Symbols are not static. By analogy, the vessel remains the same, but the contents change with the winds of time. In short, during the American Civil War, the Confederate flag came to symbolize racism and the defense of black slavery. Hip-hop musician Kanye West once tried to subvert its connotations for black people by adopting it as a fashion statement, but it didn’t work out. Instead, Kanye himself became a believer in Trumpism (the public fascination with the extreme claims of former U.S. President Donald Trump) and anti-Semitic conspiracy theories, so it’s a case of the symbol being eaten by the symbol.
‘Nadeshiko’ saved the Japanese women’s soccer team
Pepe the Frog was a different story. Created by cartoonist Matt Fury, the character became a meme in Anglo-American online communities, where she was a favorite of the alt-right. The desperate artist tried to save Pepe from this unfortunate fate by organizing his own funeral, but it didn’t work out. Instead, the tables were turned in the summer of 2019 when Hong Kong’s pro-democracy protesters came out in droves and used Pepe as a symbol. Thanks to this, Pepe was rehabilitated from a symbol of discrimination and hatred to a symbol of democracy and resistance.
We can add “nadeshiko” (なでしこ) to this list. Nadeshiko is the Japanese word for lily of the valley, and “Yamato Nadeshiko” specifically refers to a species native to Japan, with the ancient Japanese national symbol “Yamato” (大和). The Japanese used this word to describe an idealized image of a woman who is steadfast and true, and in modern times, the word has become synonymous with devotion and sacrifice. For example, there is an activist group called Nadeshiko Action that denies the history of the forced recruitment of “comfort women. It is a troubling name for both Korean and Japanese citizens.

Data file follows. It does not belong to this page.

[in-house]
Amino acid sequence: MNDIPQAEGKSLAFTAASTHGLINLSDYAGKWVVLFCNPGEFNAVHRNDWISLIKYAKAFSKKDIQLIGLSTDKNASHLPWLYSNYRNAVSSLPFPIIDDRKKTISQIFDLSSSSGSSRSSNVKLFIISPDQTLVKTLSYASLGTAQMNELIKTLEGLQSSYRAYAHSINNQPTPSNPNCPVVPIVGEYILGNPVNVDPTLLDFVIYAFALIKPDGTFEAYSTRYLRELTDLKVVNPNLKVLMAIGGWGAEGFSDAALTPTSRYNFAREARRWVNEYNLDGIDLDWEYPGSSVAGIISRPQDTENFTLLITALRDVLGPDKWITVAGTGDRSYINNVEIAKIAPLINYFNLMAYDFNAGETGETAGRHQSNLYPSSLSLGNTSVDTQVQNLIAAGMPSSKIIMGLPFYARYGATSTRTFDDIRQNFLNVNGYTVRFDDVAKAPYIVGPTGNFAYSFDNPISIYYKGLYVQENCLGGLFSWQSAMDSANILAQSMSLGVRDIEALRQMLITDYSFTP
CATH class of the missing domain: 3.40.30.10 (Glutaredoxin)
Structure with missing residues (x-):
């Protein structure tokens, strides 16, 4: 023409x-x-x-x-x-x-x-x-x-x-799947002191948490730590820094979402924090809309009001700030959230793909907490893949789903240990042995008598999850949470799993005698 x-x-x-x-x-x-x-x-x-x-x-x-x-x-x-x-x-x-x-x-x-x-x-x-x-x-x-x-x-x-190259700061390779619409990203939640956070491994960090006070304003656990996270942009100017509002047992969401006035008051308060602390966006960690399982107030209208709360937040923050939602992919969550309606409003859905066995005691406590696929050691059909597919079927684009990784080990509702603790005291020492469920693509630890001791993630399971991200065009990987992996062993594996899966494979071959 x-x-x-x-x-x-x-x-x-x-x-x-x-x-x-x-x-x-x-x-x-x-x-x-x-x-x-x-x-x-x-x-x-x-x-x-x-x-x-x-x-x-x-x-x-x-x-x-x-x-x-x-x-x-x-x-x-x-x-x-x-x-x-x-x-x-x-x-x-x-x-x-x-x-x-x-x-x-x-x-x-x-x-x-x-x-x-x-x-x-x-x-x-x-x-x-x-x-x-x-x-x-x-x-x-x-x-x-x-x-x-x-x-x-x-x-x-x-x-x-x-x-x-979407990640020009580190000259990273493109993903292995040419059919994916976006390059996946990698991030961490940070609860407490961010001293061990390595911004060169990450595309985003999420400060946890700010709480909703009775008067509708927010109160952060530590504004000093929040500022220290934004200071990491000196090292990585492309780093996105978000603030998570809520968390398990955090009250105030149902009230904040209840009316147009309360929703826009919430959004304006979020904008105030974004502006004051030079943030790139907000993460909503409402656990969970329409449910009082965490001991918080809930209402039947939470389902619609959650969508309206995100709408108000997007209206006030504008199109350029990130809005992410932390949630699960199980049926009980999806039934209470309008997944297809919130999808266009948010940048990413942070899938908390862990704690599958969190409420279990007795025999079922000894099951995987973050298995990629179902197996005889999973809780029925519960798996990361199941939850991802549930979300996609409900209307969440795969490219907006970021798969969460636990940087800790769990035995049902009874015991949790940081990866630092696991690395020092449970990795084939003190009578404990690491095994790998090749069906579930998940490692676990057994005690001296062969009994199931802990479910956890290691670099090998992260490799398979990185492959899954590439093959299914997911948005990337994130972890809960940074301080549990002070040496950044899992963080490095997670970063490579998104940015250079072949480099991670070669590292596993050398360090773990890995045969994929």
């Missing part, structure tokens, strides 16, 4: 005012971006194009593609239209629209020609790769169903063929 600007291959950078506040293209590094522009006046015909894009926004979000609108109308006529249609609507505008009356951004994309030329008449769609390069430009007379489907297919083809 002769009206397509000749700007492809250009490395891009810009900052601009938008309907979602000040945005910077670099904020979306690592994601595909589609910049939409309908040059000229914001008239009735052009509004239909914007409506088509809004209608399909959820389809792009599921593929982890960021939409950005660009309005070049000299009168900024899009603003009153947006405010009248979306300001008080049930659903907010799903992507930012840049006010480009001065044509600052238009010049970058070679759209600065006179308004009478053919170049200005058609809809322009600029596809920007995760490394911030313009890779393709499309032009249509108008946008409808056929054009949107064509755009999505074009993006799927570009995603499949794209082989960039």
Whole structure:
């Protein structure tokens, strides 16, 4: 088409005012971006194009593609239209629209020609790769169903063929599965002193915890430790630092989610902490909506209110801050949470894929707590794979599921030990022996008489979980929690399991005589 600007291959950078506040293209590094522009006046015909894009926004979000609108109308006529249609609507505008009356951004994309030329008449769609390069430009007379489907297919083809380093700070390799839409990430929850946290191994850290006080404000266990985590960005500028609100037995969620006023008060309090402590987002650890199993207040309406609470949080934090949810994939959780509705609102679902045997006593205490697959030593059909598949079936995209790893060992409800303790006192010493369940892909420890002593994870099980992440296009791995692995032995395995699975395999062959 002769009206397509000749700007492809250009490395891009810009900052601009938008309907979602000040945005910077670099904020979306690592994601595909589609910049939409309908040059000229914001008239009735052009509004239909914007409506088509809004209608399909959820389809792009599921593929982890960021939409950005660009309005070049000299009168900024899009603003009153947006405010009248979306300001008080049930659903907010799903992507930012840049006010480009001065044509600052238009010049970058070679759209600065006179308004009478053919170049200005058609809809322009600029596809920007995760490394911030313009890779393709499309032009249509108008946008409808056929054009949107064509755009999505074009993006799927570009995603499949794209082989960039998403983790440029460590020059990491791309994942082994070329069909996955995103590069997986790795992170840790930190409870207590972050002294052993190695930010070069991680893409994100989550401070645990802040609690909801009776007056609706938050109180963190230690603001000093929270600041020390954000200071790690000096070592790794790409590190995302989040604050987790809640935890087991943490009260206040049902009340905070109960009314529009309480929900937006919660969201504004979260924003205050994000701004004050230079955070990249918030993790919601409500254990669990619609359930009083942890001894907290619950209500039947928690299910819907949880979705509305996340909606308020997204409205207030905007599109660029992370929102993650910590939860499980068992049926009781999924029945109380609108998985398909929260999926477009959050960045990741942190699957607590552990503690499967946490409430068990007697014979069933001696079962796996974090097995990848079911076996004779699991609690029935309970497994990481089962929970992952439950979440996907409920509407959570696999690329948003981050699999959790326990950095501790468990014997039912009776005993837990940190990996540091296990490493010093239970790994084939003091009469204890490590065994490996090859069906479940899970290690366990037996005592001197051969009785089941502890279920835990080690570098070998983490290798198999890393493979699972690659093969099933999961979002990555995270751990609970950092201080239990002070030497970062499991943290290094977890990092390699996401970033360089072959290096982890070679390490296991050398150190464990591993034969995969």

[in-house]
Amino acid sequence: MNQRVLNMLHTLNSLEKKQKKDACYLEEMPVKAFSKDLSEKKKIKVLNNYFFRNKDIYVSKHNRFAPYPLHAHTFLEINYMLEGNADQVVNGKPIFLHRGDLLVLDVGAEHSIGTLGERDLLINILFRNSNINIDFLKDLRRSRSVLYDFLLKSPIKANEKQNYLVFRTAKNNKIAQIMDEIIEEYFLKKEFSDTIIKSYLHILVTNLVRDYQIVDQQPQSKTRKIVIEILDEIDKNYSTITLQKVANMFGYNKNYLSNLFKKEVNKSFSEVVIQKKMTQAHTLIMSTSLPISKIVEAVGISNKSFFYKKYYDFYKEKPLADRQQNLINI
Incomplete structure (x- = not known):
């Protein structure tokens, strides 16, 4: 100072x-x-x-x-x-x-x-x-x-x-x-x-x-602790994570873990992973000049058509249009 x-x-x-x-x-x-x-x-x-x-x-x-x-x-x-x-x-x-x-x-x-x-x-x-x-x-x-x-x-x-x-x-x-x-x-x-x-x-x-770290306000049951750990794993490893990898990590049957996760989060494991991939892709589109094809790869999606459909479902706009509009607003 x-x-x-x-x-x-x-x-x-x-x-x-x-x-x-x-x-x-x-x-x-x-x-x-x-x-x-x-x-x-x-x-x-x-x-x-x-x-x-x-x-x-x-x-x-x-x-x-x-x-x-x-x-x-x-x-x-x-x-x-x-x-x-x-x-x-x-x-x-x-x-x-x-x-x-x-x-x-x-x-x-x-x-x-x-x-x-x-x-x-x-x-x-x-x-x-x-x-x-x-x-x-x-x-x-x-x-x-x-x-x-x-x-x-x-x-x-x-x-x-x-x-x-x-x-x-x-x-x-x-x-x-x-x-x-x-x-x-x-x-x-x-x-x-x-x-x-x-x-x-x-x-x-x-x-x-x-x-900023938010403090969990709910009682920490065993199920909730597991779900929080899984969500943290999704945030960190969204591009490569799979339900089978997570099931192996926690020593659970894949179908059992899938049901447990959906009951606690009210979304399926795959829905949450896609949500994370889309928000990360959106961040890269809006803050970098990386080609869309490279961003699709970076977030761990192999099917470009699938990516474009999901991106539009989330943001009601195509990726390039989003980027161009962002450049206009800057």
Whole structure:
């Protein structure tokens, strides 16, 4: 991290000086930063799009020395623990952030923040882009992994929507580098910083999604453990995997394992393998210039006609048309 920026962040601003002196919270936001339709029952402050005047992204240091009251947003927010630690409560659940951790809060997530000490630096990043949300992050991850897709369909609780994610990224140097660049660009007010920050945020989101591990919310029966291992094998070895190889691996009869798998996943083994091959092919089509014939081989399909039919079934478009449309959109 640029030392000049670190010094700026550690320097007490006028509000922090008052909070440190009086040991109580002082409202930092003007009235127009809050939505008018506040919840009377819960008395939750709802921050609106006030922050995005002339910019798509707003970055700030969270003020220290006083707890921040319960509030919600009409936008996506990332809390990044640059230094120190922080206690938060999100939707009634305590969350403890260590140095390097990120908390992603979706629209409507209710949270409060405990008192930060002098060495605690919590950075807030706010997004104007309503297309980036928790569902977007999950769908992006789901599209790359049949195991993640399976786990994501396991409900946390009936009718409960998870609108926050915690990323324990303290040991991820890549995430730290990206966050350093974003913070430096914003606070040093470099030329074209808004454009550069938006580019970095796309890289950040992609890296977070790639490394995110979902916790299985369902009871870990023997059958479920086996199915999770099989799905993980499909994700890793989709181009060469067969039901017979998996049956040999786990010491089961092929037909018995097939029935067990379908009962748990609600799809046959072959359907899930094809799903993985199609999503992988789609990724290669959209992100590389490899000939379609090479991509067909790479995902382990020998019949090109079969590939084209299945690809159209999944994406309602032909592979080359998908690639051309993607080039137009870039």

Nadeshiko was saved by Nadeshiko Japan, the Japanese women’s national soccer team. In 2004, a rebranding project was launched to revitalize women’s soccer, and through a public contest, the team was given the name Nadeshiko Japan. After that, the fate of this proper noun changed forever.
The year is 2011. The Japanese national team won the 2011 Women’s World Cup in Germany, defeating the reigning champions, the United States, in the final. Prior to that game, Japan had played the United States 25 times and had never won (3 draws and 22 losses). Forward Maruyama Garina remembered watching the last time Japan lost 0-9 as a child (1999) and thinking, “We’re lucky it was only nine goals,” while midfielder Miyama Aya said, “Japan was weak. The seniors looked talented, and I wondered what kind of world it was that they couldn’t win.”
After years of knocking on the door and challenging the hegemony of the mighty, they eventually changed the course of world soccer. They conceded an early goal (24 minutes into the second half), came back (36 minutes into the second half), conceded again (14 minutes into the first overtime), and came back again (two minutes into the second overtime). In the penalty shootout, three American kickers missed in quick succession, and Japan’s second-youngest kicker, Saki Kumagai, converted the fourth penalty kick to complete the fairytale. “Japan’s victory is one of the greatest stories in all of sports,” acknowledged her opponent, Megan Ruffino of the United States.
The endless comparisons…a national team battling the “future” over an immediate enemy